ventricular tachycardia
3) ICD
Catecholaminergic 1) beta-blockers
polymorphic 2) ICD
ventricular tachycardia
MAT calcium channel blockers Not useful

SVT 1) Valsalva Maneuver

2) Adenosine
3) If asthmatic give verapamil
4) Electrical cardioversin

WPW Definitive treatment: radiofrequency **sotalol should be avoided

ablation if there is coexistent atrial
medical therapy: sotalol**, fibrillation may deteriorate
amiodarone, flecainide into ventricular fibrillation

AF Pharmacological cardioversion: Agents used to control

 amiodarone if structural heart rate:
disease, 1) beta-blockers
 flecainide in those without 2) calcium channel
structural heart disease blockers
 sotalol 3) digoxin

Atrial Flutter 1) similar to that of atrial fibrillation

although mediction may be less
2) atrial flutter is more sensitive to
cardioversion however so lower
energy levels may be used
3) radiofrequency ablation of the
tricuspid valve isthmus is
curative for most patients

Peri-arrest rhythms If there is adverse signs
Bradycardia 1) Atropine is the first line
treatment in this situation.
2) If this fails to work, or there is the
potential risk of asystole then
transvenous pacing is indicated
If there is a delay in the provision of
transvenous pacing the following
interventions may be used:
1) atropine, up to maximum of 3mg
2) transcutaneous pacing
3) adrenaline infusion titrated to

peri-arrest  If there is any adverse signs then

tachycardias synchronised DC shocks should
be given

1) Broad-complex tachycardia
 assume ventricular
tachycardia (unless
previously confirmed SVT
with bundle branch block)
 loading dose of amiodarone
followed by 24 hour infusion

1. Polymorphic VT (e.g. Torsade
de pointes) - IV magnesium
2. AF with bundle branch block -
treat as for narrow complex
2) Narrow-complex tachycardia
 vagal manoeuvres followed
by IV adenosine
 if above unsuccessful
consider diagnosis of atrial
flutter and control rate (e.g.

 probable atrial fibrillation
 if onset < 48 hr consider
electrical or chemical
 If onset > 48 hr then rate
control (e.g. Beta-blocker or
digoxin) and anticoagulation

 The European Society of Cardiology published updated guidelines on the management
of atrial fibrillation in 2012.
 They suggest using the CHA2DS2-VASc score to determine the most appropriate
anticoagulation strategy. This scoring system superceded the CHADS2 score.

Risk factor Points

C Congestive heart failure 1

H Hypertension (or treated hypertension) 1

A2 Age >= 75 years 2

Age 65-74 years 1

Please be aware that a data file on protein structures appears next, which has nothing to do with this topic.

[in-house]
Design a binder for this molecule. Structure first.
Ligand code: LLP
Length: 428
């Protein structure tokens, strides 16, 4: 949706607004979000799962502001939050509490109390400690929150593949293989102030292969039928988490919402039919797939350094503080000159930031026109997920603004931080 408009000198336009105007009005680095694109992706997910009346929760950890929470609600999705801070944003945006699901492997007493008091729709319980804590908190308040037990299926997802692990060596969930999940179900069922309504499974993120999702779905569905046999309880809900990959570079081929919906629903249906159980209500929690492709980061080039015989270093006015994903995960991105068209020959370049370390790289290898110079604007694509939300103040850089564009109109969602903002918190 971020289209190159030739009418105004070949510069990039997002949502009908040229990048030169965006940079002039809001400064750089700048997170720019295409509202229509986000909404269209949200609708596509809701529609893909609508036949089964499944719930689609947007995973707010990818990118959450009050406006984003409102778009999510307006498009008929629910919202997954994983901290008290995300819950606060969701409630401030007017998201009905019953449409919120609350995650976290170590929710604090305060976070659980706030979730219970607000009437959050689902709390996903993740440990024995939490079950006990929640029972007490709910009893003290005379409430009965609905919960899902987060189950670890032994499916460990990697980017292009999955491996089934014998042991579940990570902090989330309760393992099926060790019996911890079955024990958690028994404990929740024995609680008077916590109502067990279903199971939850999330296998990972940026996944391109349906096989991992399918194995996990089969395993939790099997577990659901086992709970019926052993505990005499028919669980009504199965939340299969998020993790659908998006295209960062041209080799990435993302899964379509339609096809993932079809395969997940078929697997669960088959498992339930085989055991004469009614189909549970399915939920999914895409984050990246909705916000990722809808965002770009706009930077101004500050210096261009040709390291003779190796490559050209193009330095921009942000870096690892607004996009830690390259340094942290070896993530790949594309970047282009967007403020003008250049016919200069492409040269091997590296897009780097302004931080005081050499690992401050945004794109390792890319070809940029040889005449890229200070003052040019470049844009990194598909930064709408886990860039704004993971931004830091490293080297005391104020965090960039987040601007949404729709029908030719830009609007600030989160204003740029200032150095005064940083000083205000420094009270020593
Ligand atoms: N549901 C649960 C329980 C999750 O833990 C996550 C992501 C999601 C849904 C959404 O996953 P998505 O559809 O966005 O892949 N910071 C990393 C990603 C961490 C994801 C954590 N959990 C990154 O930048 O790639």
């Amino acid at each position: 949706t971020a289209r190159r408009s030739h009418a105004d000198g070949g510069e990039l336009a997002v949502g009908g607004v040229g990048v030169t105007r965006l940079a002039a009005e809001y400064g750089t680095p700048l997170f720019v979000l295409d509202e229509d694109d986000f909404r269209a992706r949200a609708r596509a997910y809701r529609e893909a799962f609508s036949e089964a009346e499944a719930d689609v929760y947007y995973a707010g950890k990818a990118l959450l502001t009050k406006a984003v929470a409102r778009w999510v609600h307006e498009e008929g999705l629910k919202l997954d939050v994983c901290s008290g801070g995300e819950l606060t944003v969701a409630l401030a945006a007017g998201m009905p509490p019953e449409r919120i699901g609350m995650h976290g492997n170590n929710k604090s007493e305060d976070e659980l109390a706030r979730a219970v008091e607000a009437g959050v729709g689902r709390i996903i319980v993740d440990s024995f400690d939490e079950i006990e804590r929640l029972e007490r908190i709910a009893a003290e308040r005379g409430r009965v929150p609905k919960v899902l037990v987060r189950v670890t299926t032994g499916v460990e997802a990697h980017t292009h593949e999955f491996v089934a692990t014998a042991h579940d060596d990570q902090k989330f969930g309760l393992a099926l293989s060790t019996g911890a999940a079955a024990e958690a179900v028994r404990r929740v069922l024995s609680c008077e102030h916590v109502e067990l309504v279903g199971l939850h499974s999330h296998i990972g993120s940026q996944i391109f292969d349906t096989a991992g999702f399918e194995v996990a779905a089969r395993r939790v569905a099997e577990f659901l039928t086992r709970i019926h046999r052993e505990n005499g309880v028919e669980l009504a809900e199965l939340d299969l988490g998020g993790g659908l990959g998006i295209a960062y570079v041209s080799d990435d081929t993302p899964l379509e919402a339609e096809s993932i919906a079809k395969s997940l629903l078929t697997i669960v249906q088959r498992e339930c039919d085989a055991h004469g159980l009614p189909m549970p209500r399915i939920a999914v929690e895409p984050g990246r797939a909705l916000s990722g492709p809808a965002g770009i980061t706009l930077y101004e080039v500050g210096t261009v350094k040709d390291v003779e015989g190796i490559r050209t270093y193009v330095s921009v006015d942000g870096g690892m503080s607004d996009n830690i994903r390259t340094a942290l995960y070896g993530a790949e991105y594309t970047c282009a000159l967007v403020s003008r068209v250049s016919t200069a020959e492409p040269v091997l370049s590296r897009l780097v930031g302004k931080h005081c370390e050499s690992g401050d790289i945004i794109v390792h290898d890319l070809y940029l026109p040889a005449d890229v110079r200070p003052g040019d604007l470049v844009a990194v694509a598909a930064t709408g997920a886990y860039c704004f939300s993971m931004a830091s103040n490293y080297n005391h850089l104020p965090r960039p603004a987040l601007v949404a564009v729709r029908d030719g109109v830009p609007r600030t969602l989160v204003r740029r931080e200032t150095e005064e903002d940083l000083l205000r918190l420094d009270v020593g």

D Diabetes 1

S2 Prior Stroke or TIA 2

V Vascular disease (including ischaemic heart disease and peripheral arterial 1


S Sex (female) 1

The table below shows a suggested anticoagulation strategy based on the score:
Score Anticoagulation

0 No treatment

1 Males: Consider anticoagulation

Females: No treatment

2 or more Offer anticoagulation

 Doctors have always thought carefully about the risk/benefit profile of starting
someone on warfarin.
 A history of falls, old age, alcohol excess and a history of previous bleeding are
common things that make us consider whether warfarinisation is in the best interests
of the patient.
 NICE now recommend we formalise this risk assessment using the HASBLED scoring

Risk factor Points

H Uncontrolled Hypertension, , systolic BP > 160 mmHg 1

A Abnormal renal function (dialysis or creatinine > 200) 1 for any renal
Or abnormalities
Abnormal liver function (cirrhosis, bilirubin > 2 times normal,
ALT/AST/ALP > 3 times normal 1 for any liver

S Stroke, history of 1

B Bleeding, history of bleeding or tendency to bleed 1

L Labile INRs (unstable/high INRs, time in therapeutic range < 1


E Elderly (> 65 years) 1

D Drugs Predisposing to Bleeding (Antiplatelet agents, NSAIDs) 1 for drugs

Alcohol Use (>8 drinks/week) 1 for alcohol

Transient ischemic attack
 NICE issued updated guidelines relating to stroke and transient ischemic attack (TIA) in
They advocated use of ABCD2 prognostic score for risk stratifying patient who've had
suspected TIA:
A Age >60 years 1 point

B Blood pressure at presentation >140/90 mmHg 1 point

C Clinical features Unilateral weakness 2 points

Speech disturbance without weakness 1 point

D2 Duration of symptoms More than 60 minutes 2 points

10-59 minutes 1 point

Diabetes Present 1 point

This gives a total score ranging from 0 to 7:
1) People who have had a suspected TIA who are at a higher risk of stroke (ABCD2 score ≥ 4)
should have:
 aspirin (300 mg daily) started immediately
 specialist assessment and investigation within 24 hours of onset of symptoms
 measures for secondary prevention introduced as soon as the diagnosis is confirmed,
including discussion of individual risk factors
2) If the ABCD2 risk score is 3 or below:
 specialist assessment within 1 week of symptom onset, including decision on brain